Enterprise resource planning (ERP) is not a new concept. It was introduced more than 40 years ago when the first ERP system was created to improve inventory control and management at manufacturing firms.
Throughout the 70s and 80s, as the number of companies deploying ERP increased, its scope expanded quite a bit to include various production and materials management functions, although it was still designed primarily for use in manufacturing plants.
Then, in the 1990s, vendors came to realize that other types of businesses could benefit from ERP, and that in order for a business to achieve true organizational efficiency, it needed to link all its internal business processes in a cohesive and coordinated way. As a result, ERP was transformed into a broad-reaching environment that encompassed all activities across the back-office of a company.
An ERP system is a technology environment with a company-wide scope. It combines methodologies with software and hardware components to integrate numerous critical back-office functions across a company. Made up of a series of “modules” or applications that are seamlessly linked together through a common database, an ERP system enables various departments or operating units such as Accounting and Finance, Human Resources, Production, and Fulfillment and Distribution to coordinate activities, share information, and collaborate.
ERP systems are designed to enhance all aspects of the key operations across a company’s entire back-office – from planning through execution, management, and control. They accomplish this by taking processes and functions that were previously disparate and disjointed and seamlessly integrating and coordinating them. As a result, an ERP system can:
Companies of all types and sizes can benefit from an ERP implementation. Even if business processes and related workflows are relatively smooth across the business, ERP can deliver even greater productivity and cost-efficiency benefits.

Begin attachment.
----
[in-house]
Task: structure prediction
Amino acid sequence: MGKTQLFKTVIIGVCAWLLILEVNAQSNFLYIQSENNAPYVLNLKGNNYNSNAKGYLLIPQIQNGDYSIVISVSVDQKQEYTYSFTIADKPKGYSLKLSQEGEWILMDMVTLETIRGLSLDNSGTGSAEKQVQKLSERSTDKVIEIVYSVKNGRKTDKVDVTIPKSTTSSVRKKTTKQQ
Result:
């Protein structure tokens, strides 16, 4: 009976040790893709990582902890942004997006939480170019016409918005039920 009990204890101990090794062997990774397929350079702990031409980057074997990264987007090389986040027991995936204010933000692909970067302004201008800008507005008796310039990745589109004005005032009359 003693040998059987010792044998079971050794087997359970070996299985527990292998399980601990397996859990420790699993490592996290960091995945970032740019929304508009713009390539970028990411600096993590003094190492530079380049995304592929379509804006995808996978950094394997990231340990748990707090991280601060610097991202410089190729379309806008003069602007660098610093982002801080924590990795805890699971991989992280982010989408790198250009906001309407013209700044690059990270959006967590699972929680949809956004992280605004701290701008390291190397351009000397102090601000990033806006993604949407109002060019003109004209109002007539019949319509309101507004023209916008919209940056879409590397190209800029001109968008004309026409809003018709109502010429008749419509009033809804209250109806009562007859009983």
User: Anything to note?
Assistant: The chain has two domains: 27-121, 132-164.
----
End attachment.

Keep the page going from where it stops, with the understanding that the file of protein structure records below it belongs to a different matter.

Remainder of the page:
However, the companies who need ERP the most are those whose most critical business procedures are so fragmented and broken that they hinder growth and profitability. For these firms, ERP can help create a business process management mindset, allowing them to define best practices, formalize activities, and streamline cross-department functions.
Additionally, ERP is designed to help companies who have trouble achieving “one version of the truth.” For example, in many firms, revenue data maintained by the finance department doesn’t always match the numbers generated by the sales organization. These disparities can make it difficult to assess financial status and profitability, and in the case of public companies, report results to investors. ERP systems consolidate and centralize all back-office information. Every transaction conducted by every department will be handled, recorded, and managed by a single system. So, the most frequent causes of conflicting information, such as a lack of integration across departmental applications, are eliminated.
Most ERP suites contain a broad range of modules to enhance a variety of back-office functions, including:
Additionally, many ERP environments leverage a data warehouse or operational data store for reporting purposes. This limits the impact of data analysis on the transactional database and prevents performance slowdowns that report generation can create on the production environment.
“Big bang” ERP implementations come with quite a bit of risk. Few businesses have the resources to handle an all-at-once deployment. Therefore, it is critical to choose an ERP vendor with a flexible and modular platform, so it can be rolled-out across the business in phases.
Additionally, since many ERP modules are often replacing existing business applications, be sure to select a solution that includes comprehensive data migration tools. This will help move data from old applications to new ones in the most efficient and effective fashion.
And, look for a single-source provider who has designed and developed each module in-house. Choosing a vendor who has created a complete ERP suite by bolting together various solutions – such as those developed by OEM partners or those obtained through acquisition of smaller ERP companies – can lead to integration and performance issues.